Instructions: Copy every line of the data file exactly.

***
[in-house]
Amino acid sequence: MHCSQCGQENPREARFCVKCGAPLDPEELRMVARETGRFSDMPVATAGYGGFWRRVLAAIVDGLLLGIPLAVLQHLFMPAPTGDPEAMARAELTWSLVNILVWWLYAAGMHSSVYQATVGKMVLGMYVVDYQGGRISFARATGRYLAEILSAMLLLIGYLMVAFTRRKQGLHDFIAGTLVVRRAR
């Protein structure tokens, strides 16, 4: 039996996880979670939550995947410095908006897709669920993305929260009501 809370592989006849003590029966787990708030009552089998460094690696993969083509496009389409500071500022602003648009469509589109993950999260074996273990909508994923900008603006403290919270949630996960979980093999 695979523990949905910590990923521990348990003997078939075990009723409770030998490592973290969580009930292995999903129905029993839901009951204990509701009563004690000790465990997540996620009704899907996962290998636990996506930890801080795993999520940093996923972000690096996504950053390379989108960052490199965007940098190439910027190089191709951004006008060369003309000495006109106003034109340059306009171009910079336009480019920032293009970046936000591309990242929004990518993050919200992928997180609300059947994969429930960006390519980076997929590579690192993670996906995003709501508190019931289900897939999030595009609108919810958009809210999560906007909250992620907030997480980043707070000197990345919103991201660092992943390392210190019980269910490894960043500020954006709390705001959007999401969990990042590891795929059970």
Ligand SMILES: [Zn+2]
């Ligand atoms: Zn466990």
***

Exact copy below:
[in-house]
Amino acid sequence: MHCSQCGQENPREARFCVKCGAPLDPEELRMVARETGRFSDMPVATAGYGGFWRRVLAAIVDGLLLGIPLAVLQHLFMPAPTGDPEAMARAELTWSLVNILVWWLYAAGMHSSVYQATVGKMVLGMYVVDYQGGRISFARATGRYLAEILSAMLLLIGYLMVAFTRRKQGLHDFIAGTLVVRRAR
């Protein structure tokens, strides 16, 4: 039996996880979670939550995947410095908006897709669920993305929260009501 809370592989006849003590029966787990708030009552089998460094690696993969083509496009389409500071500022602003648009469509589109993950999260074996273990909508994923900008603006403290919270949630996960979980093999 695979523990949905910590990923521990348990003997078939075990009723409770030998490592973290969580009930292995999903129905029993839901009951204990509701009563004690000790465990997540996620009704899907996962290998636990996506930890801080795993999520940093996923972000690096996504950053390379989108960052490199965007940098190439910027190089191709951004006008060369003309000495006109106003034109340059306009171009910079336009480019920032293009970046936000591309990242929004990518993050919200992928997180609300059947994969429930960006390519980076997929590579690192993670996906995003709501508190019931289900897939999030595009609108919810958009809210999560906007909250992620907030997480980043707070000197990345919103991201660092992943390392210190019980269910490894960043500020954006709390705001959007999401969990990042590891795929059970």
Ligand SMILES: [Zn+2]
């Ligand atoms: Zn466990």